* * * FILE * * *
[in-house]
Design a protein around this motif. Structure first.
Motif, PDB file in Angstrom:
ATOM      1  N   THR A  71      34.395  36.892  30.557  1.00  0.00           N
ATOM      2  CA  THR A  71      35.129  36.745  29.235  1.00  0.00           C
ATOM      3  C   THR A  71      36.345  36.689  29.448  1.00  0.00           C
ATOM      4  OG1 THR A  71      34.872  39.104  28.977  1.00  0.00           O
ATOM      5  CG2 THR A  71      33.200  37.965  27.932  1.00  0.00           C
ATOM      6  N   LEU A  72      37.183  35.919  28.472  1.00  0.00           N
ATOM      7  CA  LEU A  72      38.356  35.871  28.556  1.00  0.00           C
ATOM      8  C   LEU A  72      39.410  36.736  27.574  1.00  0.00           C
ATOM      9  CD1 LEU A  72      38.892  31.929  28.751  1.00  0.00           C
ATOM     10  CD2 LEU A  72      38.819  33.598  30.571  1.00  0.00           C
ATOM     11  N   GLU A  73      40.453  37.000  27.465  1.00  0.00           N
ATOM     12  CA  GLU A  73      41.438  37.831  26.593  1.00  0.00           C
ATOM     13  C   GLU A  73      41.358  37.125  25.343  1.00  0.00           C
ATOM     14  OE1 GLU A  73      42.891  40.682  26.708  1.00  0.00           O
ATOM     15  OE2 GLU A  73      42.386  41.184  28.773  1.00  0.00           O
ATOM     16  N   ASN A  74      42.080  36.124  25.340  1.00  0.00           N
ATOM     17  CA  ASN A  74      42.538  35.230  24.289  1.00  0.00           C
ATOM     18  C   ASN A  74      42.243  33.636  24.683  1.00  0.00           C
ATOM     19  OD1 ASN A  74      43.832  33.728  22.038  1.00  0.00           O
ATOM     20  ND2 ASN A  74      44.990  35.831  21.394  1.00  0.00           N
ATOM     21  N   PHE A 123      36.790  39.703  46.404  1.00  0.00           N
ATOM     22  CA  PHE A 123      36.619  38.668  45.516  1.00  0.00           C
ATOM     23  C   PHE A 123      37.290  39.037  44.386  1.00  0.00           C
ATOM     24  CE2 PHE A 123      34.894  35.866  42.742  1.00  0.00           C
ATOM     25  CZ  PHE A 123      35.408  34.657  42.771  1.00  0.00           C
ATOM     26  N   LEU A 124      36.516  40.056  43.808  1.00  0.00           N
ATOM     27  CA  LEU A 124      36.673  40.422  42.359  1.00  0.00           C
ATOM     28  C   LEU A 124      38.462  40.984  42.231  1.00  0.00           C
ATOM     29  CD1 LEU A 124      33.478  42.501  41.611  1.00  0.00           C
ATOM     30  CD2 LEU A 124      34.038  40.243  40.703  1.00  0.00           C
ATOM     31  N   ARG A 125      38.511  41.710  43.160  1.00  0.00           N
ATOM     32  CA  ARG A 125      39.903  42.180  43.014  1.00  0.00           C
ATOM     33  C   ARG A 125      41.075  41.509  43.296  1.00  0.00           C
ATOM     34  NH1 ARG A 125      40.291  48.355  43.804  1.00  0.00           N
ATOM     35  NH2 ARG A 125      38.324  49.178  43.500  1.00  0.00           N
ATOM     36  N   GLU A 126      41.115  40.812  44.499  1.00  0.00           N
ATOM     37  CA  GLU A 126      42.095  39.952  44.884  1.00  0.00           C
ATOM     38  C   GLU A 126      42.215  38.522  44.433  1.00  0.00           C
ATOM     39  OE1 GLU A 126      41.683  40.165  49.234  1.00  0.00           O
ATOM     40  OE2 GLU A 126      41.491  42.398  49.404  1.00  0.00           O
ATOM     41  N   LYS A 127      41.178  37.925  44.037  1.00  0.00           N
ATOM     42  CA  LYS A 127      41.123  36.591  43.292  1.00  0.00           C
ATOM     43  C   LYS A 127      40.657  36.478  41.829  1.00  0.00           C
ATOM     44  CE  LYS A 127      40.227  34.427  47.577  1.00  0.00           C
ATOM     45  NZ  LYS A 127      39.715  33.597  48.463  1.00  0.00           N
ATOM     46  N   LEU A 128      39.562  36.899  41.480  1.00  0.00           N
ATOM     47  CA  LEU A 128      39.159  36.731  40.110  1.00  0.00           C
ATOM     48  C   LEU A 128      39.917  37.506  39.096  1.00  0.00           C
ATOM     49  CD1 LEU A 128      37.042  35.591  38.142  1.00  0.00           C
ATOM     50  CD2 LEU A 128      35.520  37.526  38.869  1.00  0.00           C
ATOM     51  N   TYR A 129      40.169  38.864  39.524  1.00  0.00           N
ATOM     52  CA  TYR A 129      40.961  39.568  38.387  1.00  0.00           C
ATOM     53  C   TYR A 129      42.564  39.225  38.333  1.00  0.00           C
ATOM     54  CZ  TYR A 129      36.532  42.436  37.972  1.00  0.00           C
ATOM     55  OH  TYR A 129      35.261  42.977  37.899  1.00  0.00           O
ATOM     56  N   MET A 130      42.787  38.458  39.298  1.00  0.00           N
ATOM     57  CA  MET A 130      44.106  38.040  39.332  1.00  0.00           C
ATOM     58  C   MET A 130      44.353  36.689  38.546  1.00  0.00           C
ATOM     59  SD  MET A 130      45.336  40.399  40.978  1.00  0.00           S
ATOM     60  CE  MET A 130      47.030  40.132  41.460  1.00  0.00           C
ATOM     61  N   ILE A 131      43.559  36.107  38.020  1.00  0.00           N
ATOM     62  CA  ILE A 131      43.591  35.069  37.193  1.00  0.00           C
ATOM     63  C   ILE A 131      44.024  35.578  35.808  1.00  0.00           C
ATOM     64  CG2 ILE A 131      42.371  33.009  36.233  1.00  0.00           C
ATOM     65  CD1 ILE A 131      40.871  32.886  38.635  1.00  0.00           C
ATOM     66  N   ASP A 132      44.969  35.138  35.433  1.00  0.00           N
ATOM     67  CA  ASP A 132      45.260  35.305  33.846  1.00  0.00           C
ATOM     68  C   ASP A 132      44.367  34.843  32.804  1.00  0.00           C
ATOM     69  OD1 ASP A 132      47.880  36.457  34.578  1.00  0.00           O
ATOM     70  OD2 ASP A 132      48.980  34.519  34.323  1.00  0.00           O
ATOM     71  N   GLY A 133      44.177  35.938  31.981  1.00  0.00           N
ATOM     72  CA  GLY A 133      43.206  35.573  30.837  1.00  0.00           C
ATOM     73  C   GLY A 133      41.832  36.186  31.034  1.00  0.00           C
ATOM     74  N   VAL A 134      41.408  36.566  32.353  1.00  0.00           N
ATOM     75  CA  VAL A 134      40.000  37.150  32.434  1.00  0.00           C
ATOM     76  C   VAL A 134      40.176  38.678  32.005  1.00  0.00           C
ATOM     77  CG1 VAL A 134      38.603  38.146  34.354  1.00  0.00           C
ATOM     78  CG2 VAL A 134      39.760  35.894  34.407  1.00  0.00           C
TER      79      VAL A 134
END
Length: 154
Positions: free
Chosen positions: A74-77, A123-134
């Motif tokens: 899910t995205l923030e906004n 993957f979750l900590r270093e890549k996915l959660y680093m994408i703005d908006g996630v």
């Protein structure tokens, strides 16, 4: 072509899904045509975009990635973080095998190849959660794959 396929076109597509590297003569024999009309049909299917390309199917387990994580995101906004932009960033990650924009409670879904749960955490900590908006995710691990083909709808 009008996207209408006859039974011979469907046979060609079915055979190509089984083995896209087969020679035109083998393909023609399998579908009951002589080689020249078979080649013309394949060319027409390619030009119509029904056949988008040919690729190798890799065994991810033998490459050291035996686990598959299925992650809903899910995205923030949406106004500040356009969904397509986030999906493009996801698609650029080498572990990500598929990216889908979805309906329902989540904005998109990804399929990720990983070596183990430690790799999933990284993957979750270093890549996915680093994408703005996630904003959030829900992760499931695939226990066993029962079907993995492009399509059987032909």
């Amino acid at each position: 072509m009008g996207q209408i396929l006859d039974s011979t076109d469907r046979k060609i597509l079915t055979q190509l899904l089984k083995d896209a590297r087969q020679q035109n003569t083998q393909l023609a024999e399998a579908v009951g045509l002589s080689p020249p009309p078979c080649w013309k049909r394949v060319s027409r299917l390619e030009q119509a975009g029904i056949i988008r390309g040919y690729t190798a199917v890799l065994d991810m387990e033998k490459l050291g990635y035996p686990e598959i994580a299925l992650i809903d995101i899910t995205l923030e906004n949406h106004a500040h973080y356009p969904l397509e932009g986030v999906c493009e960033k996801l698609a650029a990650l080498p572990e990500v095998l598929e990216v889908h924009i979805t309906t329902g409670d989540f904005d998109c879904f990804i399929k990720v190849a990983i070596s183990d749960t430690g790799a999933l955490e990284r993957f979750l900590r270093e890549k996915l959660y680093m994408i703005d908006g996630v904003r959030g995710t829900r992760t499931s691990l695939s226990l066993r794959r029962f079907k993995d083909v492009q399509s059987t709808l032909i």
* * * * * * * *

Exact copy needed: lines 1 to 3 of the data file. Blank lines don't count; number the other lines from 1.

[in-house]
Design a protein around this motif. Structure first.
Motif, PDB file in Angstrom: